Gamification in the workplace
– more than just a gimmick

"I can't waste time playing games or having fun. I have serious work to do!" Proponents of gamification frequently have to counter comments like these from colleagues who believe that "gamification" simply refers to pointless games, and can't benefit the value creation chain at work. But they couldn't be more wrong – because a little fun at work can have a huge impact on the success of the company.

Brian Sutton-Smith, the renowned games theory expert, says, "The opposite of fun is not work; it's depression." Recent figures drawn from Gallup's "Employee Motivation Index" confirm this claim. They indicate that only 16% of employees in Germany feel motivated and connected to their employer.1 This negative result brings high economic losses in its wake, because it affects all key performance indicators in a company. Companies which have registered the problem and are now seeking a way to combat this trend should take a closer look at gamification.

Turning work into a game

So what exactly is gamification, and how can we understand it in a workplace context? Gamification in a business context means taking typical game elements and operations, and integrating them into workplace processes in order to change employee behavior and increase motivation levels. "Typical game elements" include any elements which reflect a user journey – whether progressing through levels or winning points or prizes. When using a gamification app, it's important that feedback from the app is received in real time wherever possible, i.e. the user immediately sees the success of his or her action, which creates a high level of transparency. When developing, introducing and using gamification apps, various aspects need to be considered if the app is to be successful. These include setting quantifiable goals for the introduction of the gamification app, identifying the target group and ensuring the requisite IT infrastructure is in place.

Setting a good example

A number of companies have already successfully introduced gamification apps. Amongst other things, the company Roche uses gamification apps for training purposes and for modeling company processes. At Siemens, the gamification app "Plantville" is designed to increase employee awareness and understanding for the company's products. Deutsche Bank has developed a gamification app called "SimVestors". This simulates the financial market and stock market, helping employees to understand it better and thus be more willing to actively participate on the real stock market. Microsoft offers companies opportunities to bring gamification elements into various departments such as sales, marketing or customer service. Here, such apps can create a healthy competition environment and inspire employees to perform better. This app is controlled via the CRM (Customer Relationship Management) system. Companies such as SAP, Uber and Marriott are also already using gamification.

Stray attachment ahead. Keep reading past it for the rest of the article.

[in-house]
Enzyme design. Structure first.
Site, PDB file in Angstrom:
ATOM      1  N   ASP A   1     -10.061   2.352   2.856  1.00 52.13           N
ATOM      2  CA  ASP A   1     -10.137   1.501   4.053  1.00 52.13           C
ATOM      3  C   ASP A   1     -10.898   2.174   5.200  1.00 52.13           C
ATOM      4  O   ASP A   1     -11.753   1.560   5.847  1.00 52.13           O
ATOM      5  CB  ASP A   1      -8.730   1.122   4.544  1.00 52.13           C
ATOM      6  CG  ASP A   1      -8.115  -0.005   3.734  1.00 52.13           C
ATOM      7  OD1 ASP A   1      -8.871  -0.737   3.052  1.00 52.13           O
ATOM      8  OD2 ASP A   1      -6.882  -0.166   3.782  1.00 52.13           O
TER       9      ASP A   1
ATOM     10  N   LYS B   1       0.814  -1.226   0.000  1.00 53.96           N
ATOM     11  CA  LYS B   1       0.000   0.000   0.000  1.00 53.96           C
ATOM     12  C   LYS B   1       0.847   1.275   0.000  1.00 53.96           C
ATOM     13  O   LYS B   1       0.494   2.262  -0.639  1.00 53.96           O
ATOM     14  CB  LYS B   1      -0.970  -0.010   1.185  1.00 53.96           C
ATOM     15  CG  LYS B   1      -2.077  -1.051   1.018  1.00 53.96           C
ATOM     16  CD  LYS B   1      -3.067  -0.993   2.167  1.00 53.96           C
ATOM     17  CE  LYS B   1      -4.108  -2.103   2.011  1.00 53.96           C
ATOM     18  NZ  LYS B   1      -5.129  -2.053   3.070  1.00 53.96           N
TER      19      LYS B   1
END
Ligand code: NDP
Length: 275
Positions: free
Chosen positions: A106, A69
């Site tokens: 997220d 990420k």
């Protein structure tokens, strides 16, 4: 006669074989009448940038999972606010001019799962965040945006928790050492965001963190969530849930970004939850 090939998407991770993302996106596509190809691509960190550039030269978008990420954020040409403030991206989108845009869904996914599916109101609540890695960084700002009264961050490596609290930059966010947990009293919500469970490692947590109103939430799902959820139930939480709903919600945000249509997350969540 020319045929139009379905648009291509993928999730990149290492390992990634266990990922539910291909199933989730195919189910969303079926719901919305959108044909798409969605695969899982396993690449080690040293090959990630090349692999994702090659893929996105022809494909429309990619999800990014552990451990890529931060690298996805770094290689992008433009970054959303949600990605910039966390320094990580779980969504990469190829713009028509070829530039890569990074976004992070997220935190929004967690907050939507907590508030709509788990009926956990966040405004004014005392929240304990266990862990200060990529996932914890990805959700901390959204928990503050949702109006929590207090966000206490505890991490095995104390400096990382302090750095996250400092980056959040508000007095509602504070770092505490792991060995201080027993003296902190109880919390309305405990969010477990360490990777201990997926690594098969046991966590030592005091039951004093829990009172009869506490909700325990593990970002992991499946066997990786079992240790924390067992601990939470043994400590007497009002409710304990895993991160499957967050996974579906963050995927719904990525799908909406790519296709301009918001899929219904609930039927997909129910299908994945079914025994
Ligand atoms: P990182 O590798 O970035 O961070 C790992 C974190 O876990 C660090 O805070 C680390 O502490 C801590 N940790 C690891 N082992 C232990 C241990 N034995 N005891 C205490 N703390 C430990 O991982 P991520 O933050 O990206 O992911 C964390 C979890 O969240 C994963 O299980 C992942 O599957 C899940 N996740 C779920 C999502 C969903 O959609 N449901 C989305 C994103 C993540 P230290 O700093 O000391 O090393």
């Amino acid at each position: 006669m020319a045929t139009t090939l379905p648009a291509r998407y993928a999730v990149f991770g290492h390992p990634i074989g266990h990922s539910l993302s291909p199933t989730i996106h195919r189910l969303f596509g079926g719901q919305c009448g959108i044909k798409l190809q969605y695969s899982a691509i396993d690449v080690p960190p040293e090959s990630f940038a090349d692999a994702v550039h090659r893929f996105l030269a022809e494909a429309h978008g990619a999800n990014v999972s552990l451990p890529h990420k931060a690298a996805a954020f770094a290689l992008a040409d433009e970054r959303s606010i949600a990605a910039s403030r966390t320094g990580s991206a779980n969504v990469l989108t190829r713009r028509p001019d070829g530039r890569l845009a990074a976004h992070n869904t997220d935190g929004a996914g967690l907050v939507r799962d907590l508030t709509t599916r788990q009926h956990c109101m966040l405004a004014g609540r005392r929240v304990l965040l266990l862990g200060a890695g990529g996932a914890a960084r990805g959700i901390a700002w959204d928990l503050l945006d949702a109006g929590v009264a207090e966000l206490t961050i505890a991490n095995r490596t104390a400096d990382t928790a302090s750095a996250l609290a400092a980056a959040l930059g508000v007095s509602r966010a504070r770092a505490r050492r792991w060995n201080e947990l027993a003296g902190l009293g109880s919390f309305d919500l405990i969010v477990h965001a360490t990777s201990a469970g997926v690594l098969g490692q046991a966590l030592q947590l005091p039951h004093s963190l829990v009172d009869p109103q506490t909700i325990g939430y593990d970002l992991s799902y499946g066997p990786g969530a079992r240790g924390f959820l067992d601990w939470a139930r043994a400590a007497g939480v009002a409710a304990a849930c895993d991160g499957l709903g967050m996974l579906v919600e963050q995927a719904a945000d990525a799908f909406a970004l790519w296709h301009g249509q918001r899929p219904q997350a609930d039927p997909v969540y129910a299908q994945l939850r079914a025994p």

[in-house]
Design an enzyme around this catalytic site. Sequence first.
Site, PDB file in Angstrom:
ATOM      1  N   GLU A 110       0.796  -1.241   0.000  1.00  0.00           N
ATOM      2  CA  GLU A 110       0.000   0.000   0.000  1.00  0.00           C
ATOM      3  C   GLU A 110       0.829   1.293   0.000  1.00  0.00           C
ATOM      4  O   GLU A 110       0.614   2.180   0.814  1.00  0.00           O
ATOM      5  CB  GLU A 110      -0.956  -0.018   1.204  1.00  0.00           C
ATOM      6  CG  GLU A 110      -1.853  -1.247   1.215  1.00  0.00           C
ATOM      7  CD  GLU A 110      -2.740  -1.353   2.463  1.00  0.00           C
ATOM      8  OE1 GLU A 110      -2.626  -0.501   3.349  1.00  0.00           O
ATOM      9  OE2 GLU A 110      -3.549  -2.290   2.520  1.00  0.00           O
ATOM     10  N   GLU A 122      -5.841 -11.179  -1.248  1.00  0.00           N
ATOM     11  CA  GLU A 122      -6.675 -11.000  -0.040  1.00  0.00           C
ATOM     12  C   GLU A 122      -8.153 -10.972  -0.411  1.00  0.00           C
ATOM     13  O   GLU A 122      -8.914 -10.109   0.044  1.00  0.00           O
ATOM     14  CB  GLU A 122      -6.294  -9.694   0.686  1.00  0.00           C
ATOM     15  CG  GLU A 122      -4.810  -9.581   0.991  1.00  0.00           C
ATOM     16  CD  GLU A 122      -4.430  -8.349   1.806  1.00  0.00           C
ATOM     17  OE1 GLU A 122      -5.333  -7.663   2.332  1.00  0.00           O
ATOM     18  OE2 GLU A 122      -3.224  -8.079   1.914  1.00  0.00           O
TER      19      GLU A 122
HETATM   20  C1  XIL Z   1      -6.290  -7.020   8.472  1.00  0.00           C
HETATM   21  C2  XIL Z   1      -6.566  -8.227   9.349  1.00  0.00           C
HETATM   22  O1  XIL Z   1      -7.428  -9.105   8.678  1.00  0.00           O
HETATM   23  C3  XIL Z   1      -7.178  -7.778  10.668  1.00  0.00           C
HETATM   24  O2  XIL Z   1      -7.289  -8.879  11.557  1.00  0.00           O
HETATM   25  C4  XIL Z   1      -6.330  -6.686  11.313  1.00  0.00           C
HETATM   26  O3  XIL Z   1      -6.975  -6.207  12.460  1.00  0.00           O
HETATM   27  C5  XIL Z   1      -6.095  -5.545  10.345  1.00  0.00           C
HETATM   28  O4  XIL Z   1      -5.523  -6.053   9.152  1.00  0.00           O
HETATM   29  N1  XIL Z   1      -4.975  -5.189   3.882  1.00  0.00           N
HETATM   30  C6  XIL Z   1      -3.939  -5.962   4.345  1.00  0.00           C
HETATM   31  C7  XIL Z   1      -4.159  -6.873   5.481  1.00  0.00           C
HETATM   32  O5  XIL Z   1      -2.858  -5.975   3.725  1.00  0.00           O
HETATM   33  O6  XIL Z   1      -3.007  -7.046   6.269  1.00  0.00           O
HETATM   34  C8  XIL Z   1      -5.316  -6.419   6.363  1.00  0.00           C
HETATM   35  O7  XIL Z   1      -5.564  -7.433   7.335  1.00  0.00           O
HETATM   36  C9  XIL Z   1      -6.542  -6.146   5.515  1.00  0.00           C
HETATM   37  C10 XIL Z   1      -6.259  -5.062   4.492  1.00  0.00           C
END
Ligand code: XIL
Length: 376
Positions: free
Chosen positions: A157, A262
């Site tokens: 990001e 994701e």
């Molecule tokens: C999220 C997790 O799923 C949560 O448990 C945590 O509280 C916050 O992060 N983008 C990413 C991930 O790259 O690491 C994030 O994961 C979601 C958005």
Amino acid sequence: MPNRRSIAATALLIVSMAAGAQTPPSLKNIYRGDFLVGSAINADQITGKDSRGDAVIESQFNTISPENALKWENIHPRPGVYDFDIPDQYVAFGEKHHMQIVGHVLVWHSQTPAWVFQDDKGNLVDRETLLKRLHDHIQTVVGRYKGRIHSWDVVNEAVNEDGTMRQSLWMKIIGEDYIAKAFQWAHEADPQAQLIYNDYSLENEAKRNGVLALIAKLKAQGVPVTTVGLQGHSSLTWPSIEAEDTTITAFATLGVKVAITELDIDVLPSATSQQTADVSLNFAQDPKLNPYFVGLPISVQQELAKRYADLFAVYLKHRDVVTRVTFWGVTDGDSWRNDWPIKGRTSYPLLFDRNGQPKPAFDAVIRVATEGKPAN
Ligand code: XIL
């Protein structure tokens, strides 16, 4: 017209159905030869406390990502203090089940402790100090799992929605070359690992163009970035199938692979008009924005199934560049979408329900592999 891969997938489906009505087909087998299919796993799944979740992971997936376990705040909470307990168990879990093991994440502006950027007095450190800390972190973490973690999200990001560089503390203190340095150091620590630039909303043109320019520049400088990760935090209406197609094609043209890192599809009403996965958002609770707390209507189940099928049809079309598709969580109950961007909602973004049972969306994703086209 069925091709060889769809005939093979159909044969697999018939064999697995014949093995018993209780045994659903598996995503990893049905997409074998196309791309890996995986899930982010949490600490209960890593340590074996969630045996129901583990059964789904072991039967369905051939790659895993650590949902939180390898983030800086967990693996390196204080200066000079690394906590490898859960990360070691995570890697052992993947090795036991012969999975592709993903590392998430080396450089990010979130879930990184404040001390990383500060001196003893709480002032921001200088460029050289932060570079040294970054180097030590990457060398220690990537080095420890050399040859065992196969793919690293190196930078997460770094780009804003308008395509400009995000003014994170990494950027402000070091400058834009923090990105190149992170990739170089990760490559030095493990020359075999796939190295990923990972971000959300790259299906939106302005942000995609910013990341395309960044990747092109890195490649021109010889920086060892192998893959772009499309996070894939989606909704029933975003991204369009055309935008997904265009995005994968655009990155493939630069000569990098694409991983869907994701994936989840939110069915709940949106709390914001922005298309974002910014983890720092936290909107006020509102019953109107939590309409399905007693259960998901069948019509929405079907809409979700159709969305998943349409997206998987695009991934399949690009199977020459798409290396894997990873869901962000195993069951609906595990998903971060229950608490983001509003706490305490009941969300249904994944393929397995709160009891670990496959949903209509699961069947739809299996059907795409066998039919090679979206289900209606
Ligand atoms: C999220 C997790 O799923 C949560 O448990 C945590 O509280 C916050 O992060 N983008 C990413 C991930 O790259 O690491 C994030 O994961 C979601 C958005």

Motivation boost for employees

The gamification trend is not likely to be short-lived. And not just because it's something which employees and customers are calling for with increasing frequency, but also because it has a positive effect on how motivated and connected employees feel, which in turn impacts the company's key performance indicators. Even the government in Germany has realized the potential. In March 2017, the Bavarian Ministry of Economic Affairs once again hosted a Gamification Conference in Munich. Bertram Bossart, CEO of the Bavarian Association for Economic Affairs, could not have expressed himself more clearly. "The future belongs to the games industry!" According to Josef Pschierer, the Bavarian Secretary of State, the legal framework needs to be improved in the coming years. More funding will also be provided. So in the future, the catchword in more and more companies will be: "Let the game begin!"

Introducing the author:

Isabel Schauß, CRM consultant, completed her Master's thesis on the subject of "Gamification in Sales: an analysis and field test for acceptance in German companies".


1 Nink, M.: Motivation Index Germany 2016; http://www.gallup.de/183104/engagement-index-deutschland.aspx
Stephanie Rath

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